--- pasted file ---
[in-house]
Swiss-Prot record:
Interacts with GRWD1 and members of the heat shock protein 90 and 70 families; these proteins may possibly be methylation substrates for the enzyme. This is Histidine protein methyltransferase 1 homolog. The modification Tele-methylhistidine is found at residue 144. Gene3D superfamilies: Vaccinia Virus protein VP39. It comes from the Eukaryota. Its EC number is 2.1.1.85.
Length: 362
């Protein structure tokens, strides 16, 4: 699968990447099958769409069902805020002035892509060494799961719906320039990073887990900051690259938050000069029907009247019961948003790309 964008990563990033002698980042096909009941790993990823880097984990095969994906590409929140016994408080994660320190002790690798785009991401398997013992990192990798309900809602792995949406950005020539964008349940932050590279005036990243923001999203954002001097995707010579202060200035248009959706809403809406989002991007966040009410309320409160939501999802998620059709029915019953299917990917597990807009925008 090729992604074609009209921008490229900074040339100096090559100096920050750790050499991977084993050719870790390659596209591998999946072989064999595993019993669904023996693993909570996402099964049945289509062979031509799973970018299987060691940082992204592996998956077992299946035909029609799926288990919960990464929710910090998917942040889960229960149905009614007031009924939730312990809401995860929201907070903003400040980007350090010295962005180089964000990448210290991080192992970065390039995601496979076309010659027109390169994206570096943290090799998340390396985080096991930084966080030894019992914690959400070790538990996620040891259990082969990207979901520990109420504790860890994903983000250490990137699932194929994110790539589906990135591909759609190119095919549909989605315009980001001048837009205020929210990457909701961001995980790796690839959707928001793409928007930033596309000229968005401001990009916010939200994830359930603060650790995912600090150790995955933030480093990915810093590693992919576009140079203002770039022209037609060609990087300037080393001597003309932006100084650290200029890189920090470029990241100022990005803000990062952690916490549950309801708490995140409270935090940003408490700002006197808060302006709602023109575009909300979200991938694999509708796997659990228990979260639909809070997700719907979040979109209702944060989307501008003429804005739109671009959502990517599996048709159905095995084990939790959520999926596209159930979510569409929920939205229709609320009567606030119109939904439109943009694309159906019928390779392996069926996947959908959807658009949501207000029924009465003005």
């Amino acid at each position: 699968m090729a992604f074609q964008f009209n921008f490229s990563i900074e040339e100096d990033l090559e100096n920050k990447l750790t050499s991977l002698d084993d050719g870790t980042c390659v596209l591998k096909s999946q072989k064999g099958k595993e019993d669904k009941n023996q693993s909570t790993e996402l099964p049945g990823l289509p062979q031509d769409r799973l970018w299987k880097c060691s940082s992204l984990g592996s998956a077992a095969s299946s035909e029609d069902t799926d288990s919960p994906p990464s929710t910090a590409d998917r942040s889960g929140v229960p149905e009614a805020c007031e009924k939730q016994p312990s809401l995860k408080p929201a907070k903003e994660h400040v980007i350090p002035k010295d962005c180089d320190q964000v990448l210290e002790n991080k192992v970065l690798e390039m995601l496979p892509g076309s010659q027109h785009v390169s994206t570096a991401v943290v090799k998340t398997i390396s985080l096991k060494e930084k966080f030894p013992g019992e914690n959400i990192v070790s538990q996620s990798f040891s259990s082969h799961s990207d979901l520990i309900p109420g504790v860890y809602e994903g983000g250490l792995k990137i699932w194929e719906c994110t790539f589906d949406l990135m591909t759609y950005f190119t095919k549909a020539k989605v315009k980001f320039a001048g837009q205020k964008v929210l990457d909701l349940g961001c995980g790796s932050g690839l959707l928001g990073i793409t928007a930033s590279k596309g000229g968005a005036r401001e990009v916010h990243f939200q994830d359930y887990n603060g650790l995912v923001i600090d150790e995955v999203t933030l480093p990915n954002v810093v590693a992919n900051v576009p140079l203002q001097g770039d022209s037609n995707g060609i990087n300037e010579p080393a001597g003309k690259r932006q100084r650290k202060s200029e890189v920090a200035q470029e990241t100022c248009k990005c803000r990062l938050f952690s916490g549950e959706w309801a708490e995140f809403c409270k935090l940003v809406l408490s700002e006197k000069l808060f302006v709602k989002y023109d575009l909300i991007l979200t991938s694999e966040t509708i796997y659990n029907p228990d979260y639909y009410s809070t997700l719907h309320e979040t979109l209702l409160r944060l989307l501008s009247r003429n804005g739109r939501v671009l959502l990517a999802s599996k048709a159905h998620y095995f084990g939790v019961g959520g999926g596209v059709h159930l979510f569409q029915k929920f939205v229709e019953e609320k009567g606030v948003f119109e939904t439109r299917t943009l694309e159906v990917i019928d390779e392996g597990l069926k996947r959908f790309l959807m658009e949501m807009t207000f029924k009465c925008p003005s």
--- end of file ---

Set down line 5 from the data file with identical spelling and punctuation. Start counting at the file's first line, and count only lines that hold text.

């Protein structure tokens, strides 16, 4: 699968990447099958769409069902805020002035892509060494799961719906320039990073887990900051690259938050000069029907009247019961948003790309 964008990563990033002698980042096909009941790993990823880097984990095969994906590409929140016994408080994660320190002790690798785009991401398997013992990192990798309900809602792995949406950005020539964008349940932050590279005036990243923001999203954002001097995707010579202060200035248009959706809403809406989002991007966040009410309320409160939501999802998620059709029915019953299917990917597990807009925008 090729992604074609009209921008490229900074040339100096090559100096920050750790050499991977084993050719870790390659596209591998999946072989064999595993019993669904023996693993909570996402099964049945289509062979031509799973970018299987060691940082992204592996998956077992299946035909029609799926288990919960990464929710910090998917942040889960229960149905009614007031009924939730312990809401995860929201907070903003400040980007350090010295962005180089964000990448210290991080192992970065390039995601496979076309010659027109390169994206570096943290090799998340390396985080096991930084966080030894019992914690959400070790538990996620040891259990082969990207979901520990109420504790860890994903983000250490990137699932194929994110790539589906990135591909759609190119095919549909989605315009980001001048837009205020929210990457909701961001995980790796690839959707928001793409928007930033596309000229968005401001990009916010939200994830359930603060650790995912600090150790995955933030480093990915810093590693992919576009140079203002770039022209037609060609990087300037080393001597003309932006100084650290200029890189920090470029990241100022990005803000990062952690916490549950309801708490995140409270935090940003408490700002006197808060302006709602023109575009909300979200991938694999509708796997659990228990979260639909809070997700719907979040979109209702944060989307501008003429804005739109671009959502990517599996048709159905095995084990939790959520999926596209159930979510569409929920939205229709609320009567606030119109939904439109943009694309159906019928390779392996069926996947959908959807658009949501207000029924009465003005």